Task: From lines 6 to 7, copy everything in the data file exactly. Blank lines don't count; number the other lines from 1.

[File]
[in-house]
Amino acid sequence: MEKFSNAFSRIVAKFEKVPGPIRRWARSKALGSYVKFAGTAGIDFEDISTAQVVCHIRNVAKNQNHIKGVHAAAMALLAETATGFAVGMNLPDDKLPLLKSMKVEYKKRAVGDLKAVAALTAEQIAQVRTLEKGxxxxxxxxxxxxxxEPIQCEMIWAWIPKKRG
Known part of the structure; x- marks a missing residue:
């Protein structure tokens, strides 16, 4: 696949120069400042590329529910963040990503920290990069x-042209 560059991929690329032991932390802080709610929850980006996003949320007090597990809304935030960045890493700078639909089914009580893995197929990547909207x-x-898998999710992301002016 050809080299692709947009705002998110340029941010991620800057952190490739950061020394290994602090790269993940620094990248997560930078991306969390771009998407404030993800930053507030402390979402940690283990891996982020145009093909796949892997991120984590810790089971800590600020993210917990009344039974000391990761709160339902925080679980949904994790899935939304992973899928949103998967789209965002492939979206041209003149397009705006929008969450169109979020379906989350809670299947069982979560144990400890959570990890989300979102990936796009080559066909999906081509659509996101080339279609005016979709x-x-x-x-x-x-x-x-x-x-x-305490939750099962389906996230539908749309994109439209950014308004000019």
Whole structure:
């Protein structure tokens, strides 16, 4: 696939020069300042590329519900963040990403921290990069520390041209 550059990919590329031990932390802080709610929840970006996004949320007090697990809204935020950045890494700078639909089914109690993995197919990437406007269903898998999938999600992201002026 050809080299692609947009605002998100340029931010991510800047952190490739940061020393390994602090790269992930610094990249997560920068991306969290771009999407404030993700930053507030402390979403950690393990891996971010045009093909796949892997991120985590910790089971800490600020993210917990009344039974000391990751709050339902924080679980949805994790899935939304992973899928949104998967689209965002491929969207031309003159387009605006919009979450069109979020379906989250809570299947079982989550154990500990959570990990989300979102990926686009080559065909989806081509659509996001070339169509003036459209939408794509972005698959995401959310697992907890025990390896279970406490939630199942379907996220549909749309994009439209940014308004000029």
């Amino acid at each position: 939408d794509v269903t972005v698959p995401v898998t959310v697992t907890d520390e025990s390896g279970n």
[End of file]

């Protein structure tokens, strides 16, 4: 696939020069300042590329519900963040990403921290990069520390041209 550059990919590329031990932390802080709610929840970006996004949320007090697990809204935020950045890494700078639909089914109690993995197919990437406007269903898998999938999600992201002026 050809080299692609947009605002998100340029931010991510800047952190490739940061020393390994602090790269992930610094990249997560920068991306969290771009999407404030993700930053507030402390979403950690393990891996971010045009093909796949892997991120985590910790089971800490600020993210917990009344039974000391990751709050339902924080679980949805994790899935939304992973899928949104998967689209965002491929969207031309003159387009605006919009979450069109979020379906989250809570299947079982989550154990500990959570990990989300979102990926686009080559065909989806081509659509996001070339169509003036459209939408794509972005698959995401959310697992907890025990390896279970406490939630199942379907996220549909749309994009439209940014308004000029």
């Amino acid at each position: 939408d794509v269903t972005v698959p995401v898998t959310v697992t907890d520390e025990s390896g279970n």